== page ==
Courtesy of Raheem DeVaughn
Abdul Wadud, a revolutionary cellist who expanded a realm of possibilities for his instrument in avant-garde jazz and classical music, died on August 10. He was 75 years old.
His son, R&B singer and songwriter Raheem DeVaughn, announced his death on social media without providing a cause.
Wadud was a pioneer on his instrument. A few legendary bass players like Oscar Pettiford and Ron Carter had doubled on the cello before him, and a tiny number of cellists, notably Fred Katz, had distinguished themselves as jazz improvisers. For Wadud, the cello was his main ax – and an expansive vehicle for self-expression. Wadud’s sound was unmistakable, rich and soulful, and he expanded the sonic range of his instrument.
Although much of his work was as a sideman, Wadud was one of the most important jazz musicians of the 1970s, 80s and 90s. Each session with him had a unique sound that went beyond the sounds of his instrument. There was clarity, order and a lyrical quality to the music, which is one of the reasons many fans followed his work as a sideman as much as they did his orchestra conductors.
One of these leaders, and one of Wadud’s most frequent collaborators, was the saxophonist and composer Julius Hemphill. Their joint contribution to a 15-minute piece called “Dogon AD”, the title track from Hemphill’s 1972 album, is one of the defining statements of early 70s jazz.
“I think Abdul plays on ‘Dogon AD’ like a full gospel choir,” says Marty Ehrlich, the multi-reedist and composer who manages the Julius Hemphill Archive at NYU Fales Library. “It spans the soprano, alto, tenor and bass voices. It orchestrates in many ways the form of the work.”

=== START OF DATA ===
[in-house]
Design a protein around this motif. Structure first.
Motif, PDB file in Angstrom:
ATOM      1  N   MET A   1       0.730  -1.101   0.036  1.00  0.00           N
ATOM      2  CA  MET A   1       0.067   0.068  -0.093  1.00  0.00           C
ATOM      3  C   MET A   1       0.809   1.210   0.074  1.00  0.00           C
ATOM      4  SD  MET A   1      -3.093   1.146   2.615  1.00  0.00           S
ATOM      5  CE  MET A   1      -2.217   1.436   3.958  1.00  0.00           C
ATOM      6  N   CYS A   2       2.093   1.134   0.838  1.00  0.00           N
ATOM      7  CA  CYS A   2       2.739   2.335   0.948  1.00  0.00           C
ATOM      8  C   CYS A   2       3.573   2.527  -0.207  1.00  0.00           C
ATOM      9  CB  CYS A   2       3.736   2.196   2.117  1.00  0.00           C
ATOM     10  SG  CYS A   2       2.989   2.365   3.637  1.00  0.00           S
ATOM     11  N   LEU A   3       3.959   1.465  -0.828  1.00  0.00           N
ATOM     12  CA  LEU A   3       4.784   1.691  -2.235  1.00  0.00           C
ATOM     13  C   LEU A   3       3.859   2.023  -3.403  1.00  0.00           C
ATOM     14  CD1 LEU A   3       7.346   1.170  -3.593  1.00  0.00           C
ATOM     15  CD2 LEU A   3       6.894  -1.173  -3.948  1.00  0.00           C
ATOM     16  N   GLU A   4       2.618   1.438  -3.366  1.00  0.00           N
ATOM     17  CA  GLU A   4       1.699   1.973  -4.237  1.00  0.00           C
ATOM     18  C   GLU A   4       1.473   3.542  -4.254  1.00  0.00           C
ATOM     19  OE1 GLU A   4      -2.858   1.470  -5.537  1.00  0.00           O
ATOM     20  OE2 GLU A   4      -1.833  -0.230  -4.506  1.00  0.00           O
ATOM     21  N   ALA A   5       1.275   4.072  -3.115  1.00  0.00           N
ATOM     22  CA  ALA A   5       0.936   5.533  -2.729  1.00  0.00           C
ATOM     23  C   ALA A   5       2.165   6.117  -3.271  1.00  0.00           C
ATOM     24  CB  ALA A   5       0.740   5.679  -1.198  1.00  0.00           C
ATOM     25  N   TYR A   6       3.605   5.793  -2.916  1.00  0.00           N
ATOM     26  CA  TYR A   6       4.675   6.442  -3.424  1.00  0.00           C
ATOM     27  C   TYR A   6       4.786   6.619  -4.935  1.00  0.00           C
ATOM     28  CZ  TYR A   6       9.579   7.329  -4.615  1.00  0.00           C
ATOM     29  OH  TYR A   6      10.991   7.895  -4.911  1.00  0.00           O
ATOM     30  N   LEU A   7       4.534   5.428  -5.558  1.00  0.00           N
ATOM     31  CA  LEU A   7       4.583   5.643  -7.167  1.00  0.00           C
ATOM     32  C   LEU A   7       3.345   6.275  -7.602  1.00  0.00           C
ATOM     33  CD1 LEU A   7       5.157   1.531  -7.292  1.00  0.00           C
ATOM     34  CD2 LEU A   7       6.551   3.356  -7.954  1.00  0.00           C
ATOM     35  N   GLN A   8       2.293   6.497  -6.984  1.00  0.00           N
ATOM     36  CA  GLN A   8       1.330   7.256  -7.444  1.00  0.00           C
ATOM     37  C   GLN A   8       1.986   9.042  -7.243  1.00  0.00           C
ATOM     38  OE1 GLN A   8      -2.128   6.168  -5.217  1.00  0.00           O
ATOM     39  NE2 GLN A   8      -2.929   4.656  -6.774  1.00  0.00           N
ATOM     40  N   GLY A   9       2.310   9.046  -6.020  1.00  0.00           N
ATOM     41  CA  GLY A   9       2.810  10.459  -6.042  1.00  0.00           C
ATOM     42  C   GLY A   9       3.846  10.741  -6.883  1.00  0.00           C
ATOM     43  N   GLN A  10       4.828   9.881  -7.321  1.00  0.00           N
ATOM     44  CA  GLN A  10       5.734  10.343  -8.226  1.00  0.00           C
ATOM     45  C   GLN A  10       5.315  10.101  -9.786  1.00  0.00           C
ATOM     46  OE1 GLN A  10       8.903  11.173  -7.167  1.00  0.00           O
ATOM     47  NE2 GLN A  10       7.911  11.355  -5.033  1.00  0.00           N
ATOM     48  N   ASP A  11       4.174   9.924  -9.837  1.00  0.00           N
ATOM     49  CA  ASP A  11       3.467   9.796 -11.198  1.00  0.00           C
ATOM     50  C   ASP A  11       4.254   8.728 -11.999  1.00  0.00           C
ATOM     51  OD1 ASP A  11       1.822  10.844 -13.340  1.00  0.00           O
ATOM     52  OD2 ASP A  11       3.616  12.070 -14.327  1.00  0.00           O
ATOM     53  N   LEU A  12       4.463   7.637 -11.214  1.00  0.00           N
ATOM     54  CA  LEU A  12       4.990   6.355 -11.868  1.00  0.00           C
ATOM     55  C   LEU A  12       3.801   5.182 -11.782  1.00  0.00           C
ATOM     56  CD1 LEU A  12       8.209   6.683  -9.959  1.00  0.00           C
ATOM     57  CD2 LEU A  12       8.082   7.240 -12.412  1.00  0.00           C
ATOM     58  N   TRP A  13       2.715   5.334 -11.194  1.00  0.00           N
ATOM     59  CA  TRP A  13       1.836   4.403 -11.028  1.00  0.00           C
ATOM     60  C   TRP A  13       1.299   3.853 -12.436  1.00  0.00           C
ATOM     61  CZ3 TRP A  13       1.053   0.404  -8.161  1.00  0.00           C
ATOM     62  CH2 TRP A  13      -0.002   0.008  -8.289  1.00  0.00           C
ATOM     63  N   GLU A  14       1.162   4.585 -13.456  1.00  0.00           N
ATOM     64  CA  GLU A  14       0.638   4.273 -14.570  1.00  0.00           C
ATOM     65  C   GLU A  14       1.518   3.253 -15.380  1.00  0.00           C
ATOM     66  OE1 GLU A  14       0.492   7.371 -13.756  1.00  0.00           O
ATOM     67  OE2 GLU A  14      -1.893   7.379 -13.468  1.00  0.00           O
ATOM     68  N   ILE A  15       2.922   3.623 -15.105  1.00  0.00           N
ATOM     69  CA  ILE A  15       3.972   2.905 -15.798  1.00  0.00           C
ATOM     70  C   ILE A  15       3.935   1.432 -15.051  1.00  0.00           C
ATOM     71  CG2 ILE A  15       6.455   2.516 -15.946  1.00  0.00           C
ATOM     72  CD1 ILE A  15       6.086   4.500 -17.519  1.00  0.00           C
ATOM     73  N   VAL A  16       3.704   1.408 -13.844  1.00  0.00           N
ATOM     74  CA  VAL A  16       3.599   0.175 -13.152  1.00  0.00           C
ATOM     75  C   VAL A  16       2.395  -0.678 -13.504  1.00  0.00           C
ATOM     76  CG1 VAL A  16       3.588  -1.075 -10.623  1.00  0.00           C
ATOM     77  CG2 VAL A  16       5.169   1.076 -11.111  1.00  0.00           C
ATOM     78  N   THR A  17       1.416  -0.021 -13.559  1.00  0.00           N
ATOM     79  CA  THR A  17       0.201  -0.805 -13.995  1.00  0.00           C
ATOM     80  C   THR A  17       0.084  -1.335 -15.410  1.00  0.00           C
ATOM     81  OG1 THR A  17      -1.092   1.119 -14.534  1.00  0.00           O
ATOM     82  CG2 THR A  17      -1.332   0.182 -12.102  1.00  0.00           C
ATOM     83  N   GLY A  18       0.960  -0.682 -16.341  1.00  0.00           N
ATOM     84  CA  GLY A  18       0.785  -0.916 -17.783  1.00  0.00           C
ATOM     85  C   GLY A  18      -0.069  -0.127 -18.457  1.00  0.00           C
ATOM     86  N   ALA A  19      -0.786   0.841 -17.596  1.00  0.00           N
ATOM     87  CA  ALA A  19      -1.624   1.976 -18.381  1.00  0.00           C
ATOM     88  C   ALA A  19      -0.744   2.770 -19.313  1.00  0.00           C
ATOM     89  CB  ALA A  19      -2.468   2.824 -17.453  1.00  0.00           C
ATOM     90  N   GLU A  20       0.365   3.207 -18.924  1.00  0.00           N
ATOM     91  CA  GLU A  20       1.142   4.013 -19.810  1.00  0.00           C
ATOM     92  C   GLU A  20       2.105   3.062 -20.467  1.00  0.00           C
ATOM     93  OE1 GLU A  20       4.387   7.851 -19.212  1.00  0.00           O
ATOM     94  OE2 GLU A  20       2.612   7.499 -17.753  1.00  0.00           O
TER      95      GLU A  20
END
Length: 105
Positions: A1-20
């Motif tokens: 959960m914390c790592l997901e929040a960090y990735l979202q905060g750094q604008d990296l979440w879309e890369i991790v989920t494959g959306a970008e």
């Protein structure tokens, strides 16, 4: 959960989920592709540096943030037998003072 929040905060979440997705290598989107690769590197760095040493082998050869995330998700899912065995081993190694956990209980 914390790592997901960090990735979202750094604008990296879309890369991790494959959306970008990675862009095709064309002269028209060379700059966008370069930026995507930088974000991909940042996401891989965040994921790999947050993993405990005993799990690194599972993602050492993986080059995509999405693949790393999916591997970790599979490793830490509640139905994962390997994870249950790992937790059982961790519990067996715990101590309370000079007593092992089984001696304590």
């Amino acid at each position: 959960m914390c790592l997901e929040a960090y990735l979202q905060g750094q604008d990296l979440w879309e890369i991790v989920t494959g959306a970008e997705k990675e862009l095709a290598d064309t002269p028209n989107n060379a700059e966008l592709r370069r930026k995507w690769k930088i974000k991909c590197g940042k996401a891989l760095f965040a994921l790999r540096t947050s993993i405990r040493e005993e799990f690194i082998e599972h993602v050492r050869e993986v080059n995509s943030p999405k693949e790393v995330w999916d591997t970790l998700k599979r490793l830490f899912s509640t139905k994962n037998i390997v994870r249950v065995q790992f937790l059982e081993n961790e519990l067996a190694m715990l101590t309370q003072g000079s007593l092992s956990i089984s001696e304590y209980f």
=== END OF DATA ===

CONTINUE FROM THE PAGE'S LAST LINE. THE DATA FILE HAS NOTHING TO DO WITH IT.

In the liner notes of Oakland Duosreleased over two decades later, Hemphill said of Wadud that “we’re so close musically, I feel like I have complete freedom. I feel like I could play anything, and he would answer. He knows he could do the same. I know for a fact that Abdul and I could count on a tempo and play for hours.”
Abdul Wadud was born Ronald DeVaughn in Cleveland, OH on April 10, 1947. He grew up in a musical family; her father played trumpet and French horn and sang, and her older sister auditioned for the Metropolitan Opera. His brother, a guitarist, was recruited by legendary soul band The O’Jays. (The idea was quashed by their mother, who insisted he stay in school.)
Wadud began playing the alto saxophone, but focused on the cello after hearing the instrument in bands led by stellar saxophonist Albert Ayler, also from Cleveland. Wadud has always praised the level of artistic education in Cleveland public schools, where he received an education on his instruments. The thriving local jazz scene also nurtured his interests; in a interview with Point of Departure in 2014, he recalls listening to Miles Davis and John Coltrane while standing outside a local nightclub.
Wadud made his first recording at age 18. He attended Youngstown State, then Oberlin College, where he converted to Islam – and met Hemphill, who had come to perform at the school. After earning a master’s degree from SUNY Stonybrook in 1971, Wadud began dividing his time between symphony orchestra work, the pits of Broadway and New York’s thriving loft jazz scene, where his associates included saxophonist Arthur Blythe, flautist James Newton and pianist Anthony Davis.
Wadud has performed in several settings with Blythe, including an era-defining quintet with drummer Bobby Battle, tuba player Bob Stewart and James Blood Ulmer or Kelvyn Bell on guitar. Whether solo or supporting, Wadud is an essential factor in the quintet part of Blythe’s classic recording. Illusions.
Wadud had not been active in recent years and the jazz scene was poorer for it. Thanks to the work he left behind, he paved the way for heirs like Akua Dixon, Dierdre Murray, Fred Longborg-Holm, Hank Roberts and Tomeka Reid, among others. For a June 2020 article in the New York Times title 5 minutes that will make you love the cello, Reid selected a track from Wadud’s 1977 solo album All alone. “I love the freedom and creativity of his playing,” she wrote. “It uses the full range of the cello and swings easily between lyrical playing, free playing and grooving, which is something I strive to do in my own work.”
Ehrlich, who has featured Wadud in his Dark Woods Ensemble and other sets, told NPR his most striking feature is balance. “He brought a great intensity to all musical creation, and at the same time he brought a great center to the music,” Ehrlich said. “I always felt him hearing the whole procedure, and centering it here, pushing it there. He always amazed me.”